It was bitter cold, the air electric with all that had not happened yet. The world stood stock still, four o'clock dead on. Nothing moved anywhere, not a body, not a bird; for a split second there was only silence, there was only stillness. Figures stood frozen in the frozen land, men, women, and children.
If you had been there you would not have noticed. You would not have noticed your own stillness in this thin slice of time. But, if you had been there and you had, in some unfathomable way, recorded the stillness, taken a negative of it as the glass plate receives the light, to be developed later, you would have known, when the thought, the recollection was finally developed, that this was the moment it began. The clock ticked. The hour struck. Everything moved again. The train was late.
It was not snowing yet, but it would be soon, a blizzard, by the smell of it. The land lay covered already in trampled snow. The land here flew away from your eyes, gone into the black horizon without leaving one detail inside the eye. Stubble through the snow, sharp as razors. Crows picking at nothing. Black river, frigid oil.
Nothing says hell has to be fire, thought Ralph Truitt, standing in his sober clothes on the platform of the tiny train station in the frozen middle of frozen nowhere. Hell could be like this. It could be darker every minute. It could be cold enough to sear the skin from your bones.
Standing in the center of the crowd, his solitude was enormous. He felt that in all the vast and frozen space in which he lived his life—every hand needy, every heart wanting something from him—everybody had a reason to be and a place to land. Everybody but him. For him there was nothing. In all the cold and bitter world, there was not a single place for him to sit down.
Ralph Truitt checked his silver watch. Yes, the train was late. The eyes around him were staring silently; they knew. He had counted on the train being on time today. To the minute, he had told them. He had ordered punctuality the way another man might order a steak cooked to his liking. Now he stood like a fool with everybody watching. And he was a fool. He had failed at even this small thing. It would come to nothing, this last small spark of hope.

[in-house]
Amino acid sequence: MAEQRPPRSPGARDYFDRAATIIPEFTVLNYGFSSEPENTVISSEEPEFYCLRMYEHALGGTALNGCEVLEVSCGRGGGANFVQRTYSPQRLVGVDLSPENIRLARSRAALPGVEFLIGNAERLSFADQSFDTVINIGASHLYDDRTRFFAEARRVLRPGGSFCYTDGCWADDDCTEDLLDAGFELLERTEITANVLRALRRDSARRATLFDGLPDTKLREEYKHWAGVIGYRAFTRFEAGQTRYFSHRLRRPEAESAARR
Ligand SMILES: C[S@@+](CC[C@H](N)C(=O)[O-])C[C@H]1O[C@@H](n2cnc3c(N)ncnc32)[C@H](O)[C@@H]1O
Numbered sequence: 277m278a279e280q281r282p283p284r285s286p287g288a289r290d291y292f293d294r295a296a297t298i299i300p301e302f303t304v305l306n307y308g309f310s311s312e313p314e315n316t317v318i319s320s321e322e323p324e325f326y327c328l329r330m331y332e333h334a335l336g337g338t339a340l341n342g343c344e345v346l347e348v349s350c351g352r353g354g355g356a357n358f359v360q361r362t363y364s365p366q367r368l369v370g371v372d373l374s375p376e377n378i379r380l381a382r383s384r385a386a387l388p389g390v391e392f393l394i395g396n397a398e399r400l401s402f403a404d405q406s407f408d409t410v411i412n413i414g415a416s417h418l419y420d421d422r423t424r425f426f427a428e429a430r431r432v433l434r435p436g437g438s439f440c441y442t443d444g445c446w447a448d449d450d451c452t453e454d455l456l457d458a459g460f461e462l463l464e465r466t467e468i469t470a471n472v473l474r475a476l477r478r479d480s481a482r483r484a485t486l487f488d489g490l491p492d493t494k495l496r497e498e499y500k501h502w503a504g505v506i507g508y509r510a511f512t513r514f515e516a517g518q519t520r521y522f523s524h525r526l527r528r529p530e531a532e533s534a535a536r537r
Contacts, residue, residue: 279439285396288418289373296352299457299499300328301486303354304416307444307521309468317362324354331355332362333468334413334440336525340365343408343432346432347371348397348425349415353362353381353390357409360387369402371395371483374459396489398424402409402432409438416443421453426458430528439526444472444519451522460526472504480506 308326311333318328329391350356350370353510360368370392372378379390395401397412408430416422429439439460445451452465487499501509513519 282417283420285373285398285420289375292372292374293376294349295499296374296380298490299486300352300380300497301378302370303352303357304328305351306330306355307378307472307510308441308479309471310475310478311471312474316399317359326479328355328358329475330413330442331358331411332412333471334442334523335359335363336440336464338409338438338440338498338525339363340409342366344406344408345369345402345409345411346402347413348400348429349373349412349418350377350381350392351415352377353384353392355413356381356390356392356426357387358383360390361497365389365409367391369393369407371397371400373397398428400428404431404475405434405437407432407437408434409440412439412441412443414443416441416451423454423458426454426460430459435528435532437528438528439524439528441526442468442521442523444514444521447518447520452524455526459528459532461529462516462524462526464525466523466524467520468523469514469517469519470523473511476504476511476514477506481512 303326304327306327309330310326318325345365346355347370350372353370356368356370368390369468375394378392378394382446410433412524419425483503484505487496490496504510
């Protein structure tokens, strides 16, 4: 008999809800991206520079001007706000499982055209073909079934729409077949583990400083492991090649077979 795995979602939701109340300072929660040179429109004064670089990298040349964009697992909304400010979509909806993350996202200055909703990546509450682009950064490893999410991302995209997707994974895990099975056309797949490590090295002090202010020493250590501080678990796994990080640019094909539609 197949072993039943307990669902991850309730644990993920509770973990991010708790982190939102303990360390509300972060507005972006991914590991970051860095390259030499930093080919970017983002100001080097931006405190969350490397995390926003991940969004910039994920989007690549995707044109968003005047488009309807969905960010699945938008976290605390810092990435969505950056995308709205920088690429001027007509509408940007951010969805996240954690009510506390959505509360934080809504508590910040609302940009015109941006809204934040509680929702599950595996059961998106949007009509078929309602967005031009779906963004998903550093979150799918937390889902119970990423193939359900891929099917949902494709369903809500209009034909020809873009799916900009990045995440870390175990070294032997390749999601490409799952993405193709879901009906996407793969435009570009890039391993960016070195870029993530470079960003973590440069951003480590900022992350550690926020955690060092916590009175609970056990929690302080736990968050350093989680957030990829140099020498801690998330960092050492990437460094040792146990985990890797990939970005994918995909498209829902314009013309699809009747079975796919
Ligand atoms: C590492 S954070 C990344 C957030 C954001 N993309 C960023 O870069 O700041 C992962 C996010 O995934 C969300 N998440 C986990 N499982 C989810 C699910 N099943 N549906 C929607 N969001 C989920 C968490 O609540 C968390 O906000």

He was a man used to getting what he wanted. Since his first staggering losses twenty years before, his wife, his children, his heart's best hopes and his last lavish fantasies, he had come to see the implacability of his own expectations as the only defense against the terrors he felt. It worked pretty well most of the time. He was relentless, and the people of the town respected that, feared it even. Now the train was late.
Around him on the platform the people of his town walked and watched and waited, trying to look casual, as though their waiting had some purpose other than watching watching Ralph Truitt wait for a train that was late. They exchanged little jokes. They laughed. They spoke quietly, out of respect for what they knew to be Ralph Truitt's failure. The train was late. They felt the snow in the air. They knew the blizzard would soon begin. Just as there was a day every spring when the women of the town, as though by some secret signal, appeared in their summer dresses before the first heat was felt, there was as well a day when winter showed the knife before the first laceration. This was the day—October 17, 1907. Four o'clock and almost dark.
They all, each one, kept one eye on the weather and one eye on Ralph. Waiting, they watched Ralph wait, exchanging glances every time Ralph checked his silver watch. The train was late.
Serve him right, some thought, mostly the men. Some, mostly the women, thought kinder thoughts. Maybe, they thought, after all these years.
Ralph knew they talked about him, knew their feelings for him, complicated as they were, were spoken aloud the moment he had passed, tipping his hat with the civility he struggled so hard to show the world day after day.
He could see it in their eyes. He had seen it every day of his life. The chatter of deference, the inevitable snicker at what they all knew of his past. Sometimes there was a whispered kindness because there was something about Ralph, even still, that could stir a sympathetic heart.
The trick, Ralph knew, is not to give in. Not to hunch your shoulders in the cold or stamp your feet or blow warm breath into cold palms. The trick is to relax into the cold, accept that it had come and would stay a long time. To lean into it, as you might lean into a warm spring wind. The trick was to become part of it, so that you didn't end a backbreaking day in the cold with rigid, aching shoulders and red hands.
Some things you escape, he thought. Most things you don't, certainly not the cold. You don't escape the things, mostly bad, that just happen to you. The loss of love. The disappointment. The terrible whip of tragedy.